Australian health authorities have advised the Pfizer vaccine should be given to Australians aged under 50, amid concerns of rare blood clots potentially linked to the AstraZeneca vaccination.
The Federal Government's expert medical taskforce met on Wednesday to consider use of the AstraZeneca vaccine, following advice from the European Union's medical regulator that "very rare cases of blood clots" were a side-effect in the weeks after the vaccine was administered.
The United Kingdom decided to offer other vaccines, such as the one produced by Pfizer, to people aged under 30.
Chief Medical Officer Paul Kelly made the announcement, flanked by the Prime Minister Scott Morrison, in an unexpected press conference on Thursday night.
"The use of the Pfizer vaccine is preferred over the AstraZeneca vaccine in adults aged less than 50 years who have not already received a first dose of AstraZeneca vaccine," Professor Kelly said.
"This is based both on the increased risk of complications from Covid-19 with increasing age, and thus increased benefit of the vaccination, and the potentially lower, but not zero risk, of this rare event with increasing age.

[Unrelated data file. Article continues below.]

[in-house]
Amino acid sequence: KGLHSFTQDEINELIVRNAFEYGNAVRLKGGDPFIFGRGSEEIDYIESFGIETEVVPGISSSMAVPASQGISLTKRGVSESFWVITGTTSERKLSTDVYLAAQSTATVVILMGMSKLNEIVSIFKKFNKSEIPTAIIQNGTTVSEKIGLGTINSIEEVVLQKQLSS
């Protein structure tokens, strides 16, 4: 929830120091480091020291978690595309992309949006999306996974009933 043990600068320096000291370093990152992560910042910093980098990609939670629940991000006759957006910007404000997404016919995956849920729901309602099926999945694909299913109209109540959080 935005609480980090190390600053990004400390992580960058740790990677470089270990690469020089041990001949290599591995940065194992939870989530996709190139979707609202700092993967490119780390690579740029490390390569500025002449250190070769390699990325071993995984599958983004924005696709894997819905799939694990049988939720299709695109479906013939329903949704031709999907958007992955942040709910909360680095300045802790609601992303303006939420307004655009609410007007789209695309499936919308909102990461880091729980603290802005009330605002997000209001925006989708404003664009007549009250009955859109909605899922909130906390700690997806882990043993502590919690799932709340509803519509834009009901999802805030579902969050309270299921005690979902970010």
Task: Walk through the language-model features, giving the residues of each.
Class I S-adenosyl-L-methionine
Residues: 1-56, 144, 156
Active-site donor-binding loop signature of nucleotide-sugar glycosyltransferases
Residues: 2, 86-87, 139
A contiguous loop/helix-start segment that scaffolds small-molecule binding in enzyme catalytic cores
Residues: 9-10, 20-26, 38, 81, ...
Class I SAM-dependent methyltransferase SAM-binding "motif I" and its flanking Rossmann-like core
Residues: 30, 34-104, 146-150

"Immunisation providers should only give a first dose of AstraZeneca Covid-19 vaccine to adults under 50 years of age where benefit clearly outweighs the risk for that individual's circumstances."
Professor Kelly said people who have had their first dose of the AstraZeneca vaccine, and had not experienced any "adverse side effects", can be given their second dose.
"People who have had blood clots associated with low platelet levels after their first dose of Covid-19 AstraZeneca should not be given the second dose," he said.
"That's the all but one person that we've had so far in Australia are in that category."
A Melbourne man was hospitalised last week, developing blood clots almost a fortnight after receiving the AstraZeneca vaccine.
Prime Minister Scott Morrison said planning would continue through the night to consider how the advice from the Australian Technical Advisory Group on Immunisation (ATAGI) would change the national vaccine rollout.
"There are, of course, Pfizer vaccines that are in Australia, and we are getting a regular supply of those," Morrison said.
"They can be prioritised against the individuals for whom that will be the more appropriate vaccine for them.
"But we will just have to work through the logistics of that and the calibration of how that is done."
The matter will also be discussed by state and territory leaders at Friday's national cabinet meeting.
The Chief Medical Officer said the decision was made to ensure confidence in the coronavirus vaccine program.
"We've taken very rapid decisions to look at that data carefully and to make the decision that has been made today, and the advice has come from medical experts on that basis," Professor Kelly said.
"We're sharing that with the Australian public so that they can be aware and know that, if we ever get that information, we will immediately and fully be transparent about it."